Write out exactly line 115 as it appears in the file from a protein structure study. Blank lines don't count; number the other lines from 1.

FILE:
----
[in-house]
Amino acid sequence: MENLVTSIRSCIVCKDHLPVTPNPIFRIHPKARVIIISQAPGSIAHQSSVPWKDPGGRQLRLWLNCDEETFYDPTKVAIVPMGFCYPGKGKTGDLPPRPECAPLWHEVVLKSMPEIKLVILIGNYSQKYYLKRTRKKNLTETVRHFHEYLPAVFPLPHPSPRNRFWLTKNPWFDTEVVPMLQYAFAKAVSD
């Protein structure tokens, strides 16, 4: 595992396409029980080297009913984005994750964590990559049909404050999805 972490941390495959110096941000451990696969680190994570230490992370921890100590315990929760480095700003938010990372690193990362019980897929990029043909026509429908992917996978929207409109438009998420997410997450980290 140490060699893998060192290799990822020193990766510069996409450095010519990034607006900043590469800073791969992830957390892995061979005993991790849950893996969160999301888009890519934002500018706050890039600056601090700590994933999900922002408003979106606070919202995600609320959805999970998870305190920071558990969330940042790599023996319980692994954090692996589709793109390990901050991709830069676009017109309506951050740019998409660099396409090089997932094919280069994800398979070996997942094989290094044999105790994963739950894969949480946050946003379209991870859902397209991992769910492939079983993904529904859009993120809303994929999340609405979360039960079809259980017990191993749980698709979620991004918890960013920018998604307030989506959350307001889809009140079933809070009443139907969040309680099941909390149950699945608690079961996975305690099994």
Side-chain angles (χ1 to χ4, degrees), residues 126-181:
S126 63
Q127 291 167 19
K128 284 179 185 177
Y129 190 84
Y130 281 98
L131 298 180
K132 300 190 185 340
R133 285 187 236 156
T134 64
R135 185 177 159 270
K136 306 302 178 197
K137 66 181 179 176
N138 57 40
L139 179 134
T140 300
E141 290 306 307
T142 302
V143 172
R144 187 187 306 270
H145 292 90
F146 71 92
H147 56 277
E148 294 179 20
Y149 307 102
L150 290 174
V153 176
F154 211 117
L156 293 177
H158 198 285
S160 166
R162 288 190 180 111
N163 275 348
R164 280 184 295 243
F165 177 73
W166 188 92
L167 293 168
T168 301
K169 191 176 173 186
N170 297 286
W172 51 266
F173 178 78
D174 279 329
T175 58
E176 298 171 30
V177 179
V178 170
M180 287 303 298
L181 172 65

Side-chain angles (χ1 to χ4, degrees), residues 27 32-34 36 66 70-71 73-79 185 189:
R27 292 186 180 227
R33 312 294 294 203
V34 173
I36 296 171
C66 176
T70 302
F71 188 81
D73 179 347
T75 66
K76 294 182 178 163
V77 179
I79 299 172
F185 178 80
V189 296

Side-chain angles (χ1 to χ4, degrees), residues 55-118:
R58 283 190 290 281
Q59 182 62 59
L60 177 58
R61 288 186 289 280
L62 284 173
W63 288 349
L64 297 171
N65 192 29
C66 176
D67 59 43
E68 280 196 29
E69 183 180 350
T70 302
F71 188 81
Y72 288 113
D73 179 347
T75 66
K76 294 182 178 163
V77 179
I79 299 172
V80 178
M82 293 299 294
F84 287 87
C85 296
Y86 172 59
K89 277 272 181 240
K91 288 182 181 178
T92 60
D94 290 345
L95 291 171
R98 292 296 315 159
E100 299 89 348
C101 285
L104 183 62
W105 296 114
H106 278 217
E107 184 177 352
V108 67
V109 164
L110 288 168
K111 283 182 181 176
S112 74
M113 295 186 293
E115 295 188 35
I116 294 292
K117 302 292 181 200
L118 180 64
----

L118 180 64